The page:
Book Review: The Unpredictability of Being Human by Linni Ingemundsen

Title: The Unpredictability of Being Human

Author:  Linni Ingemundsen

Published: December 28th, 2017

Publisher: Usborne Publishing

Find the Author: Goodreads 

Disclosure: I was sent this ARC from the Publisher in exchange for a review. As always, my reviews are fair and unbiased.

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Meet Malin, a fifteen-year-old who sees the world differently. Malin knows she couldn’t change much about her life, even if she got to play God. Her dad would still yell all the time – especially as Malin is still friends with Hanna, the girl she met shoplifting. Her mum would still say a glass of wine is good for her heart – and Mum needs it, with Malin’s brother, Sigve, getting into trouble all the time. And Malin would still be Malin. Because she can’t be anybody else. 

In a voice bursting with immediacy and truth, Malin shares the absurdities of growing up and fitting in as her family struggles with the buried pain of mistakes made and secrets kept.

Profound, compassionate and as funny as it is dark, Malin’s story is an offbeat examination and celebration of the brutal, bizarre and beautiful unpredictability of being human.

If you love the freshness and honesty of The Perks of Being a Wallflower, the emotional depth of John Green, and the irreverent wit of Little Miss Sunshine, push this to the top of your TBR pile. 

First Thoughts…

The first thing that crossed my mind when The Unpredictability of Being Human appeared in my lap was that it had that certain je ne sais quoi. It reminded me of something John Green might write, but with a spirited twist. I was so eager to get into this but I was swarmed with TBR books around the holidays that I didn’t get a chance to read this until early February! 

My Review…

Malin, straight away, is quite an unusual main character. Her point of view and inner monologue on the world is striking, bordering on painfully honest. She sounds much older than her age, fifteen, throughout her POV. Malin’s family are a huge part of her troubles and bigger picture on life. There’s the situation surrounding her Mom’s drinking, her Father’s temper and brother’s troublesome behaviour. These things make Malin overwhelmed by these trusting, innocent ways to cope with not being able to change what her life is.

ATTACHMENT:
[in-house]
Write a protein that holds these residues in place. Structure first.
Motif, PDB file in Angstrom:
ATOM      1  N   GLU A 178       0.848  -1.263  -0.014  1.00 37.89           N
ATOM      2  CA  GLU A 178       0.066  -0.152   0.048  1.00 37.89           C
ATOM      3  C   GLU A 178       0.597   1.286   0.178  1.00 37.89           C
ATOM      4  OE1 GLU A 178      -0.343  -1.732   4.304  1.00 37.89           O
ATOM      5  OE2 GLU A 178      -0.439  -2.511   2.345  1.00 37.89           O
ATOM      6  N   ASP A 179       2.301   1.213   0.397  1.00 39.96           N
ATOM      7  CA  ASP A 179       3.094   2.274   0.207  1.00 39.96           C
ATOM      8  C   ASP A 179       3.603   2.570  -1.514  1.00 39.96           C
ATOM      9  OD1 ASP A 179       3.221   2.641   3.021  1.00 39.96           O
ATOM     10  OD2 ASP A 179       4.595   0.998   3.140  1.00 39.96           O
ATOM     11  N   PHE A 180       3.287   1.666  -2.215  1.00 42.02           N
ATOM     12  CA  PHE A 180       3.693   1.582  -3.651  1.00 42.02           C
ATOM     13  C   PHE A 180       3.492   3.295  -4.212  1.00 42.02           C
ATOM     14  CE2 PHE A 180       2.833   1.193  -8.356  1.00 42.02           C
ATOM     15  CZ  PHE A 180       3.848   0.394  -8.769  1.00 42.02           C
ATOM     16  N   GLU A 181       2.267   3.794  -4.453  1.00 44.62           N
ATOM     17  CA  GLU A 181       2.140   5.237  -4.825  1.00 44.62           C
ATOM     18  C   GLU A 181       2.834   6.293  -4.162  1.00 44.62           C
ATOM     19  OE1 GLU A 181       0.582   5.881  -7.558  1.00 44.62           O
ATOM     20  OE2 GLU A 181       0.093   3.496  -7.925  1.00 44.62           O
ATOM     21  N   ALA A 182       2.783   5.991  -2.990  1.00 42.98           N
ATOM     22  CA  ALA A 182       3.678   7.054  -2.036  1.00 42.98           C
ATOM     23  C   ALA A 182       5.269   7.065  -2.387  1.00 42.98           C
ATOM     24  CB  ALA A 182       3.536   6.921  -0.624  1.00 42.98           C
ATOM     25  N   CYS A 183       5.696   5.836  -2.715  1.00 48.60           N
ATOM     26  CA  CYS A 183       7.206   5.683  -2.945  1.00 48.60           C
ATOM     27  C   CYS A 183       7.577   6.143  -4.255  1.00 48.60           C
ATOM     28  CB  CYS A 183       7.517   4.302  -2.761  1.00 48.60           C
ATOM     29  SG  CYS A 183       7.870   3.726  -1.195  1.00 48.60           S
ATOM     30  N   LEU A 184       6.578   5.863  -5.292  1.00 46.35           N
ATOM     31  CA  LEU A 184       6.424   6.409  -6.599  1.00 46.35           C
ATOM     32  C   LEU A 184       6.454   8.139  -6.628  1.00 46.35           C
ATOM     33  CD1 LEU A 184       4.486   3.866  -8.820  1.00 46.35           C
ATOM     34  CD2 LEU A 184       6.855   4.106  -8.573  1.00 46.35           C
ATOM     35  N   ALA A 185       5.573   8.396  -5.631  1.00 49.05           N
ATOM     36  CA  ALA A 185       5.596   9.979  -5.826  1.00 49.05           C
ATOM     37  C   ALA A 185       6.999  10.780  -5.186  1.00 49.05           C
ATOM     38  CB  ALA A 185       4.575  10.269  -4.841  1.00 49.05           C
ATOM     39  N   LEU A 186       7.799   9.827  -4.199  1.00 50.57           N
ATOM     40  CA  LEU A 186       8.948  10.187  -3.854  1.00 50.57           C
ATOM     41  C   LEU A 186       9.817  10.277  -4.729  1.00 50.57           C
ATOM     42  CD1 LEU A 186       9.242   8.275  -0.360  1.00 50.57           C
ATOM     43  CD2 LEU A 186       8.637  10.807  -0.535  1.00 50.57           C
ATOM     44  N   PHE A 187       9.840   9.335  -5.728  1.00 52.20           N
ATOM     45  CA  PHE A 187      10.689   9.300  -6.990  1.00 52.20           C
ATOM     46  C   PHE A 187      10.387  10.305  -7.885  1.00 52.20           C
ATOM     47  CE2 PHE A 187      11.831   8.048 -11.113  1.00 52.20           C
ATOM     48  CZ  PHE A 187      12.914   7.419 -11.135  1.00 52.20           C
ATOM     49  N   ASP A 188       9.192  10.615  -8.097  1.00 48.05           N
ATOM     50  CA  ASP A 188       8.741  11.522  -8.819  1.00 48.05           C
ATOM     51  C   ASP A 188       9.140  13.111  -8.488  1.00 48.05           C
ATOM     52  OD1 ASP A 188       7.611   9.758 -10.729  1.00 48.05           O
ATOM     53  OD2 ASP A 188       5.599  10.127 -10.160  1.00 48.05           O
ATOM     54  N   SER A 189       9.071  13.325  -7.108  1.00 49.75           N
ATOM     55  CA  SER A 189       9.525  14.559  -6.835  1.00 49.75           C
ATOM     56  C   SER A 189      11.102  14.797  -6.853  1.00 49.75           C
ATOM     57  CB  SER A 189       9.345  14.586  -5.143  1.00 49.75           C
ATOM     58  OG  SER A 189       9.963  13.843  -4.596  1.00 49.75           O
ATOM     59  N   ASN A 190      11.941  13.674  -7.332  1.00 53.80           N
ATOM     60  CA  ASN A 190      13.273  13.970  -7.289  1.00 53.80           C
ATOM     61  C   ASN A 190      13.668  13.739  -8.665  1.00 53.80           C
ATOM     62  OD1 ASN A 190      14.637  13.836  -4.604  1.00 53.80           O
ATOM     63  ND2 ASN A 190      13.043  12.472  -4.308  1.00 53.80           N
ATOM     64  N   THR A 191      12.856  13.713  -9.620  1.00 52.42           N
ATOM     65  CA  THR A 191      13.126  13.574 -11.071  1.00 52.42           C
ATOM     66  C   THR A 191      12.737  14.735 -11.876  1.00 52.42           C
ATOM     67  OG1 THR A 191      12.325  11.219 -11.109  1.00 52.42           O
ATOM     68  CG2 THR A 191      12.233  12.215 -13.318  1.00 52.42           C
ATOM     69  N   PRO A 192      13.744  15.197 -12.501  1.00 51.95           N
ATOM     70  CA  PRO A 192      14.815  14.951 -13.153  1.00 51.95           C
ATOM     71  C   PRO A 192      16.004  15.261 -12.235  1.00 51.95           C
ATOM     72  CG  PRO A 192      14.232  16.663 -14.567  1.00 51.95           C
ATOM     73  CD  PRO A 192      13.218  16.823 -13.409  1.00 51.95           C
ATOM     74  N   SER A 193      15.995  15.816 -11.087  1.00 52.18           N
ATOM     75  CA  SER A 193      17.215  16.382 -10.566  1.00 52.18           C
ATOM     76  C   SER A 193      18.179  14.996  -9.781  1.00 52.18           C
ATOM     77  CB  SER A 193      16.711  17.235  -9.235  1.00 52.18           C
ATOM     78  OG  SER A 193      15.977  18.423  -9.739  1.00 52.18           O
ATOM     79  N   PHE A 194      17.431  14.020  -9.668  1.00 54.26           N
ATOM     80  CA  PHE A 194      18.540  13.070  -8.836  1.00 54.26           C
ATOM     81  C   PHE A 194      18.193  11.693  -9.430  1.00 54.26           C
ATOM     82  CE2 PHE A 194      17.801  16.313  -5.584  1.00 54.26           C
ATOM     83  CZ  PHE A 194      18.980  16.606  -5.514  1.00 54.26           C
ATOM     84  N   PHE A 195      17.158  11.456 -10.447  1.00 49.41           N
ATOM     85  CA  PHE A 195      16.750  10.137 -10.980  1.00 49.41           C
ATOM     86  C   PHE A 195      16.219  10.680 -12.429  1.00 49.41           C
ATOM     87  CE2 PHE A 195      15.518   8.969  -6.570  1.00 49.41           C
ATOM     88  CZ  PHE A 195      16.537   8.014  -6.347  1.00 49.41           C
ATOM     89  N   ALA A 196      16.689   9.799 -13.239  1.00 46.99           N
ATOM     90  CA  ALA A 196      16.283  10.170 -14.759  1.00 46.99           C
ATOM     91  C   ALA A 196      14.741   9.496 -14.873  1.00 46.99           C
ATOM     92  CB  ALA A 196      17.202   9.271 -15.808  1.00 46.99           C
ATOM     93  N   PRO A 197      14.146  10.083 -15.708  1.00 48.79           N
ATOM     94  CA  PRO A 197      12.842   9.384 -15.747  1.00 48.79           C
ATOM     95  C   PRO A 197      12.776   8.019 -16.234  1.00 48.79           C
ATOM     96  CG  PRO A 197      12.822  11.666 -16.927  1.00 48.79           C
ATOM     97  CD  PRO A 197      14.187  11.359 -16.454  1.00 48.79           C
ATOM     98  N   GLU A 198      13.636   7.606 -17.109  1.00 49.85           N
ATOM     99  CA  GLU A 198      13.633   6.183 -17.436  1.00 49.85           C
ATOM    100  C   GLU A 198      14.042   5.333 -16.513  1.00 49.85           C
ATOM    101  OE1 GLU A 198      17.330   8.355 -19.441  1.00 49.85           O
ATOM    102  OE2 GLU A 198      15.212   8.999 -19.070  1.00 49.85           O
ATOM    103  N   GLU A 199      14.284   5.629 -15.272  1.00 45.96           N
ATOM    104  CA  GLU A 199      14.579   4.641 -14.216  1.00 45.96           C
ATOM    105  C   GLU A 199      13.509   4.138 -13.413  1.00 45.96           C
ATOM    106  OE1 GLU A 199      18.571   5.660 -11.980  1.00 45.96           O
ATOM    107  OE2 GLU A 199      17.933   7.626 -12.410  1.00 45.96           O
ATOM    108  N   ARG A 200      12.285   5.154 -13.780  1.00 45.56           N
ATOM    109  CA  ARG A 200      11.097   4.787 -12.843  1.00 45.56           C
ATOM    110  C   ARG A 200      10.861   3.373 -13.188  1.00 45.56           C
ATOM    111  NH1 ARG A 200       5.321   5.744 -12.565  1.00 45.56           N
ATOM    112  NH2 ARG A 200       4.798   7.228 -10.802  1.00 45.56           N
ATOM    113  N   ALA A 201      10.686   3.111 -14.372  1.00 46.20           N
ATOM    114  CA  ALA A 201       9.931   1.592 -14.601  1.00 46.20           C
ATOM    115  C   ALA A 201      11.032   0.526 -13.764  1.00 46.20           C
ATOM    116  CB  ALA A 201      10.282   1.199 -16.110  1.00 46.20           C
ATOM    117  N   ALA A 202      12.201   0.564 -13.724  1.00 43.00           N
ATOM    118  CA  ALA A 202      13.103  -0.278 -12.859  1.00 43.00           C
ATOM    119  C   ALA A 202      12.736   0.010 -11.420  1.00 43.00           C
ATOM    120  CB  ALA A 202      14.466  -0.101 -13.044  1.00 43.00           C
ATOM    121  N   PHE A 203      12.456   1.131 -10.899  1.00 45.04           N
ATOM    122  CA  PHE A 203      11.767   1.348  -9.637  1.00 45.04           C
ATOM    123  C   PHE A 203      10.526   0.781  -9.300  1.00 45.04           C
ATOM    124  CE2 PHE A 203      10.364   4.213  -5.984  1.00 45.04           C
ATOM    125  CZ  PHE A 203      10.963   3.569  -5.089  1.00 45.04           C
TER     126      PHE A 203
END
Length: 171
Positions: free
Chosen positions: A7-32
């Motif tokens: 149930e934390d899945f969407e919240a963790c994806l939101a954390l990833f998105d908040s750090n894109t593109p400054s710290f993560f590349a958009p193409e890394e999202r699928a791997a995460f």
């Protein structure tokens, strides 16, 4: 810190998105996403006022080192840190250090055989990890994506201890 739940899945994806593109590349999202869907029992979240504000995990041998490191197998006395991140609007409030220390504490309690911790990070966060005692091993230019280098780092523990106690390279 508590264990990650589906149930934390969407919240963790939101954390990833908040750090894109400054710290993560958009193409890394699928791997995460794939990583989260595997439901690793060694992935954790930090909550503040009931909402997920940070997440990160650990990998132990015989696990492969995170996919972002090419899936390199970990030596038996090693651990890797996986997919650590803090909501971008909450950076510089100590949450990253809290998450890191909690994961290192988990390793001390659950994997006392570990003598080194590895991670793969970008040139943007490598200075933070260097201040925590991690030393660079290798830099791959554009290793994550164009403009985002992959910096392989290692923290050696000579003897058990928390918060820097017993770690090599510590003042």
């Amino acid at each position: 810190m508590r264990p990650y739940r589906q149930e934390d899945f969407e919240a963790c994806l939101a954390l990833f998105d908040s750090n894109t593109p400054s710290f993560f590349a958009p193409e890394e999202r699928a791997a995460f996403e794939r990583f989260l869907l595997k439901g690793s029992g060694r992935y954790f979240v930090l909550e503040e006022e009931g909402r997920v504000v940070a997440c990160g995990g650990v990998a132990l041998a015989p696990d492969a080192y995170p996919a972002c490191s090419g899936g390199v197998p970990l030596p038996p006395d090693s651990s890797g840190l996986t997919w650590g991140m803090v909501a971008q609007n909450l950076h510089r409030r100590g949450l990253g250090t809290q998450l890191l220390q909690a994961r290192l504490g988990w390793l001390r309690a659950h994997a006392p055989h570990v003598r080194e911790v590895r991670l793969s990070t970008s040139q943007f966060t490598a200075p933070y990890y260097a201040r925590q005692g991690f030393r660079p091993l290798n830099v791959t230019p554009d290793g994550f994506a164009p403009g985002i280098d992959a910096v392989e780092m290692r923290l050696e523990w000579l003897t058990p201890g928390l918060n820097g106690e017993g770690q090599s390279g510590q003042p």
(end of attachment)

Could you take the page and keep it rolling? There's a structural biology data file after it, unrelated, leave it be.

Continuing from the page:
What’s different about The Unpredictability of Being Human is that there is no solid plot. But in that way, it’s even more interesting, if that makes sense. It’s a crack into the universe inside Malin’s mind and a teenage life. And just a glimpse into her world is bittersweet, relateable and addictive. She’s to-the-point and there’s no messing about with her thoughts on everyday life, so there’s that same, definite maturity to her point of view that definitely made me feel like I was reading about someone a few years older (but not in a bad way). 
Overall, I flew through the pages SO FAST. I think it was over three nights that I read this before bed and it was such a refreshing, slice-of-heaven that I think it’s one of those books I could pick up again in months time and re-read. The writing does take some time to get used to in Malin’s ways of talking to us as readers, but it’s honestly such a great read that I can’t think of anything that was negative about The Unpredictability of Being Human. If you love feel-good YA or similar to the John Green demographic, you’ll adore this book. Amazing read – four stars!

Have you read The Unpredictability of Being Human?

Let me know what you thought in the comments, on Twitter or Facebook!

happy reading!
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